Sheriffs Join Senators in Opposition to Criminal Sentencing Reduction Legislation
Sheriff Danny Glick, (President, National Sheriffs’ Association, Laramie County, Wyoming), Sheriff Greg Champagne (St. Charles Parish, Louisiana), and Sheriff David Clarke (Milwaukee County, Wisconsin), joined Senators Sessions, Vitter and Rep. Lamar Smith in a press conference voicing its opposition to the Criminal Sentencing Reduction Legislation.
The Sheriffs released the following statement:
The United States Senate is poised to take up the Sentencing Reform and Corrections Act - a bill that lets thousands of criminals out of Federal facilities.
This bill shifts responsibilities and costs from the Federal Bureau of Prisons onto states, Sheriffs and local communities. Crime rates are increasing quickly and now isn’t the time to fling open the federal prison doors.
- Murder is up 6.2%
- Rapes up 9.6%
- Aggravated assaults up 2.3
This bill is the latest attempt by some Washington politicians to weaken our country’s legal and justice system – and it’s utterly destructive to the rule of law and public safety.
Legislation campaigners argue the need to humanize statistics, saying prison changes will save taxpayer dollars and that criminals can give back to society, especially those conveniently labeled non-violent offenders.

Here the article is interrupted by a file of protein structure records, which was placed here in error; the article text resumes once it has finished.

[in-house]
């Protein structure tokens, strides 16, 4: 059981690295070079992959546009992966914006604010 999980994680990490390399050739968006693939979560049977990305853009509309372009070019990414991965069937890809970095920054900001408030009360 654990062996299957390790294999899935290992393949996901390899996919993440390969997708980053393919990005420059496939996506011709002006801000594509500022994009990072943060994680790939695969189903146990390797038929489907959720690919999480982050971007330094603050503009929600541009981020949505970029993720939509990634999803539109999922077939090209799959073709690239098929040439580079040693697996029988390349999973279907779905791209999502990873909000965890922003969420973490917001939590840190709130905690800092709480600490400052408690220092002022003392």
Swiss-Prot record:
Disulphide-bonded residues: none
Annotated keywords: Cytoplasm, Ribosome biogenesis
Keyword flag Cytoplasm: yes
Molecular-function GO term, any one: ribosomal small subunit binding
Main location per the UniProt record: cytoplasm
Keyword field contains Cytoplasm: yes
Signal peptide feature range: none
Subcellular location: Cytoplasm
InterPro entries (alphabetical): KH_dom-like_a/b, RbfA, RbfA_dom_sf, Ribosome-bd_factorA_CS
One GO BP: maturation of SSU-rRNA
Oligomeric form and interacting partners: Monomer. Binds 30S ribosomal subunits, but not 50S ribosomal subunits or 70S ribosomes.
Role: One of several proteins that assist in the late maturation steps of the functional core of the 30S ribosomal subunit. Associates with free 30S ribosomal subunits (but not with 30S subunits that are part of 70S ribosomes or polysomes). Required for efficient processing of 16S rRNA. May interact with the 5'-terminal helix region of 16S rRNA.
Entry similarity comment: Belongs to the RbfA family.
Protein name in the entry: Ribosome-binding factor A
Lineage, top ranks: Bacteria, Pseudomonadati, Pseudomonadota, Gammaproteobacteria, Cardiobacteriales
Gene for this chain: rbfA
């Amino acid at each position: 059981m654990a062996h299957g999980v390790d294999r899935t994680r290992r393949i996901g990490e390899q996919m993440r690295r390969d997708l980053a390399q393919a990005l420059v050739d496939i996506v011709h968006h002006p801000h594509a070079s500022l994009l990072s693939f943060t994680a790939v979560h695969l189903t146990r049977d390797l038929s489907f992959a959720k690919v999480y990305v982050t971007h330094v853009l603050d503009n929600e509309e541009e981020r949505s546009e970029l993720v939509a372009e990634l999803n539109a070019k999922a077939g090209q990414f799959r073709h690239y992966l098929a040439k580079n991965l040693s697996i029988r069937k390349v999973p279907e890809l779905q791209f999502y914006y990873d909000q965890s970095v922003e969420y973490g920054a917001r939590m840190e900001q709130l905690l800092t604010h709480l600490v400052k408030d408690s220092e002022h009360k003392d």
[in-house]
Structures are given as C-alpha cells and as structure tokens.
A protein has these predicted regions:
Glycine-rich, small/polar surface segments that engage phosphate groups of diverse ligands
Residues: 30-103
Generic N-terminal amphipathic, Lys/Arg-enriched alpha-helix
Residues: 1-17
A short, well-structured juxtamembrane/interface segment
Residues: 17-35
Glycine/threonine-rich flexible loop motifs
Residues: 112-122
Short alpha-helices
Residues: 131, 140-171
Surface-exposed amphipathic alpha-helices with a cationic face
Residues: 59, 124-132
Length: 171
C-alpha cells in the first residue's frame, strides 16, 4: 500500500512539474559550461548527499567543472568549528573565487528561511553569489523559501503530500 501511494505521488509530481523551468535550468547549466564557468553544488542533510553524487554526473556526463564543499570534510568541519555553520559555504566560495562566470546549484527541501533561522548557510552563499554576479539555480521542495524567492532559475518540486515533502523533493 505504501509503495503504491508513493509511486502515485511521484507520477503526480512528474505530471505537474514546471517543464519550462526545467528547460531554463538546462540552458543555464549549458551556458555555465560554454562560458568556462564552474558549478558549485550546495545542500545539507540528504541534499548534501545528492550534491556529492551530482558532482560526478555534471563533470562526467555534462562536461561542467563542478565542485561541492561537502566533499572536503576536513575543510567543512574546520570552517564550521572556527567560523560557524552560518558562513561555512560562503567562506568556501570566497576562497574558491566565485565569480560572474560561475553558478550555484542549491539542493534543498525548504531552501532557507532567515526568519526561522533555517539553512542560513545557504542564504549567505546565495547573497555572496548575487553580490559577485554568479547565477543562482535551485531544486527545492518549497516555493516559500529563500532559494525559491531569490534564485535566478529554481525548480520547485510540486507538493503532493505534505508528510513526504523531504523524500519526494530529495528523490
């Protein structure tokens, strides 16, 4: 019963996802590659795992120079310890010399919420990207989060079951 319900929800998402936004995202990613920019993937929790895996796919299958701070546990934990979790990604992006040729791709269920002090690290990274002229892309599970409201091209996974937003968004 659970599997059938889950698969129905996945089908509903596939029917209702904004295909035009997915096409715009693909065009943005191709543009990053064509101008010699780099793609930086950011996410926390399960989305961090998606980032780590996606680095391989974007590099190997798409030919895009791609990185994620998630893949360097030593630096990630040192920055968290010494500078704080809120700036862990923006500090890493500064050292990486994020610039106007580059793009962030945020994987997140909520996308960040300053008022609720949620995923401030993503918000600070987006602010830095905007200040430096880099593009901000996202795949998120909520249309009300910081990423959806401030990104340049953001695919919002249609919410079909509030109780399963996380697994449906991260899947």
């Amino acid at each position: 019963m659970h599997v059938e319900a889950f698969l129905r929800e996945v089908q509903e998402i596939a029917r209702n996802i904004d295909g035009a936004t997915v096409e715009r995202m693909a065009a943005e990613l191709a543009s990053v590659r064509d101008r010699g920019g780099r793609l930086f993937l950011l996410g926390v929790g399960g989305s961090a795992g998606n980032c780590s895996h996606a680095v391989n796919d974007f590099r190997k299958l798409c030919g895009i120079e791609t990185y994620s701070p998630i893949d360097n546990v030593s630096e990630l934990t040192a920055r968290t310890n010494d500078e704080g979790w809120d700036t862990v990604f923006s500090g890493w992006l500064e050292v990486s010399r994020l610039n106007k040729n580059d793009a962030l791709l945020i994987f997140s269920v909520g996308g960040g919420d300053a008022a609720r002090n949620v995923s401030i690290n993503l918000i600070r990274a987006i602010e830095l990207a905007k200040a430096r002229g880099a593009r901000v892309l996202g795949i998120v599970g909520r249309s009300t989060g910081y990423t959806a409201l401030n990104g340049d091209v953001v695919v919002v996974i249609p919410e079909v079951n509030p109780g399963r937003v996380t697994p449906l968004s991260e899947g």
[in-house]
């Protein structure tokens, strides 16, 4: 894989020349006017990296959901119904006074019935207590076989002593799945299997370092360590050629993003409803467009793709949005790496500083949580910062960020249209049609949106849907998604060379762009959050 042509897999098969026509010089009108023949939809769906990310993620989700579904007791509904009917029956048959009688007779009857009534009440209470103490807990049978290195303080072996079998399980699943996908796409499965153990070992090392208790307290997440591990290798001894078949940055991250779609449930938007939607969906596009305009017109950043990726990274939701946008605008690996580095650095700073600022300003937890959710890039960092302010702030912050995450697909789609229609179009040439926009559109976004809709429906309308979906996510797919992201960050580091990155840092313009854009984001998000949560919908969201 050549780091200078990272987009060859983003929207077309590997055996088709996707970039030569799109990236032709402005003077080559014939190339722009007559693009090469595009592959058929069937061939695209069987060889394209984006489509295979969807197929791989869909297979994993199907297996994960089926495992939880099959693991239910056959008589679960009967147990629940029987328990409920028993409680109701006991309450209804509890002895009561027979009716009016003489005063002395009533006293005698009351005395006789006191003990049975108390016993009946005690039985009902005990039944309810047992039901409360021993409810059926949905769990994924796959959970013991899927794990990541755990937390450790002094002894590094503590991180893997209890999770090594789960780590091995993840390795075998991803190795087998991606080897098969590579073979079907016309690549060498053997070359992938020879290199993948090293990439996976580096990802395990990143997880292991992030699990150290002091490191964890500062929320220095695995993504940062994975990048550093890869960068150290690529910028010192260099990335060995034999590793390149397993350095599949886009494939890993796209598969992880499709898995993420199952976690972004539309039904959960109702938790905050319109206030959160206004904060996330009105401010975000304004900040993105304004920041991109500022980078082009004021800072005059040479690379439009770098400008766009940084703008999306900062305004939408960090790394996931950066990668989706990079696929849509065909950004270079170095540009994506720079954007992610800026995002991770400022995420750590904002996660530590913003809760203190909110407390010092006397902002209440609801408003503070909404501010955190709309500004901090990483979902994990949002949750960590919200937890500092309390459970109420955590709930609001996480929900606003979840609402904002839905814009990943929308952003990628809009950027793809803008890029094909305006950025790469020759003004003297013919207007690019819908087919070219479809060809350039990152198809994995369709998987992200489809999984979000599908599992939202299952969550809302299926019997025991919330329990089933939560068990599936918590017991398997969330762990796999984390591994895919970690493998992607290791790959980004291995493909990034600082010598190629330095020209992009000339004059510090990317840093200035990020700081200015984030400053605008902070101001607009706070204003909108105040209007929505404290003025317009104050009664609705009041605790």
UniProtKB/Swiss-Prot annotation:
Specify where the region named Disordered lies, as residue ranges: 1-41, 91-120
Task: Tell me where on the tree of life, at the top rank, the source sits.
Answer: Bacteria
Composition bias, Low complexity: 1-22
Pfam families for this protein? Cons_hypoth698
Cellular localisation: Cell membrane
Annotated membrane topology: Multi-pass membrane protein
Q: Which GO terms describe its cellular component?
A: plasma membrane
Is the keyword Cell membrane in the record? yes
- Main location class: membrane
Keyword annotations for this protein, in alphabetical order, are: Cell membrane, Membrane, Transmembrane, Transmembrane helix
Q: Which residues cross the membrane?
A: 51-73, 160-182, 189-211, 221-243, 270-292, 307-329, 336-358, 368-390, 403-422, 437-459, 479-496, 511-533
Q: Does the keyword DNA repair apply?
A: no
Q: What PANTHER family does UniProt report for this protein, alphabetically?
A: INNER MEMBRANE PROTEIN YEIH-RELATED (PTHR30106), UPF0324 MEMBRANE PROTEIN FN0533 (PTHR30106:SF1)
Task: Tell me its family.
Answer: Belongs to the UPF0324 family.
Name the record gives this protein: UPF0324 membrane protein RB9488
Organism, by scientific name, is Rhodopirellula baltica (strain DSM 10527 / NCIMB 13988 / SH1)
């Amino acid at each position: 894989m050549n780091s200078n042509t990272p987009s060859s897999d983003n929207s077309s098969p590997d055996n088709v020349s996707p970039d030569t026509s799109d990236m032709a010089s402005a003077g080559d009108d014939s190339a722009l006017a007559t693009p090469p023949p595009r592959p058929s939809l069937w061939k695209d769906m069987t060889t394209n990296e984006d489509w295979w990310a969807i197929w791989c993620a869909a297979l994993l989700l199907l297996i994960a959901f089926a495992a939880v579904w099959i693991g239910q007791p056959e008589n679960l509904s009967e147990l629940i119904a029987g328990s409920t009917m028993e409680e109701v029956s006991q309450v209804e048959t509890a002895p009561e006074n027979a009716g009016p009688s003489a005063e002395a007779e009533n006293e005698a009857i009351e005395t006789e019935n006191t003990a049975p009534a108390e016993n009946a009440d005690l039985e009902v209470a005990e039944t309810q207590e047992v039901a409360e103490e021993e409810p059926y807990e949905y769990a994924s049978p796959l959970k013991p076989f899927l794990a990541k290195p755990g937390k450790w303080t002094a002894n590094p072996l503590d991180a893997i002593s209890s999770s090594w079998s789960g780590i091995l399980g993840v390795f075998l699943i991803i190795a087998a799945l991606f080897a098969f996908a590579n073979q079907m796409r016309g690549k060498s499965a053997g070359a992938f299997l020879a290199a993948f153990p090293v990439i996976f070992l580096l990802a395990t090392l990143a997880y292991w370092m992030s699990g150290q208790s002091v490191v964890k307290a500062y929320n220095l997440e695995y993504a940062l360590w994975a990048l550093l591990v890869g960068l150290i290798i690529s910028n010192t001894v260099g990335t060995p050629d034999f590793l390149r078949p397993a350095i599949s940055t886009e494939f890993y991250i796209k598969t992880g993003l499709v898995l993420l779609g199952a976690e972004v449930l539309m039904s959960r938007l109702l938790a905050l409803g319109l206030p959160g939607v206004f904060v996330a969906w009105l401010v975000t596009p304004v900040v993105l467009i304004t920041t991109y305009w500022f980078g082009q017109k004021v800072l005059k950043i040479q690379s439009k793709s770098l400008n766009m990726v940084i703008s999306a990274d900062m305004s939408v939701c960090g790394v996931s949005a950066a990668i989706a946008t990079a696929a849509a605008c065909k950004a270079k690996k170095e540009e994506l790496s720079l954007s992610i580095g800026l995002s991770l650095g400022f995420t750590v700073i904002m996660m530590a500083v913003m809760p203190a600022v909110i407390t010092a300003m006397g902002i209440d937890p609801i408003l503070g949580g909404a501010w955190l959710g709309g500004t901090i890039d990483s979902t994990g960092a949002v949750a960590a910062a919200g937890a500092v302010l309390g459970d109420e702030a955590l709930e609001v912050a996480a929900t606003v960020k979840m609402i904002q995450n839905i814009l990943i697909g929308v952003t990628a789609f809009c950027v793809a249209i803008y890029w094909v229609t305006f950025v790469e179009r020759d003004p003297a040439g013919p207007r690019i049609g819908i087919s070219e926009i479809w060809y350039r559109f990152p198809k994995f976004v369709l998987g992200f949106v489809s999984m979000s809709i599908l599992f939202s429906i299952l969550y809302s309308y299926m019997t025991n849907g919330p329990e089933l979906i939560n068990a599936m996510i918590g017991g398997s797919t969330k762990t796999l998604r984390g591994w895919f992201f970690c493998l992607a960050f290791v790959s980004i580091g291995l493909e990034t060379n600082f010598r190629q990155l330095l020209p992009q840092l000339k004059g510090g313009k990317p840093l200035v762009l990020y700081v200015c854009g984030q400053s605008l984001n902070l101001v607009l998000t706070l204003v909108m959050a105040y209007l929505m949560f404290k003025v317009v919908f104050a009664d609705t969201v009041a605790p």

The problem here is that we are not being told the truth. The support for this Trojan Horse is based on three misconceptions.
Number One: It will only involve low-level non-violent offenders.
Number Two: It will reduce incarceration costs, and
Number Three: It will reduce crime.
Sheriffs are open to smart measures to increase efficiency, but most of these initiatives are pure social-engineering experiments.
Not only are these plans dangerous, they have no effect on crime or the lives of these suddenly sympathetic criminal characters.
Just look at California: The Los Angeles Times reported that despite the state reducing its prison population by 30,000 inmates, its total prison costs have continued to increase. Not only that, violent crime increased 12.9 percent and property crime increased by 9.2 percent in California’s largest cities.
This legislation removes victims of crime—past, present and future – from the equation. For the most part, those who will suffer are minorities and lower-income citizens who must bear the fallout’s brunt.
This get out-of-jail-free legislation will shift the cost back to the states and counties when criminals re-offend.
Congress needs to think twice about linking arms with criminal coddlers who are looking for uninformed do-gooders to help them out in this social engineering experiment.
America’s sheriffs are asking the U.S. Senate to vote NO on THE SENTENCING REFORM AND CORRECTIONS ACT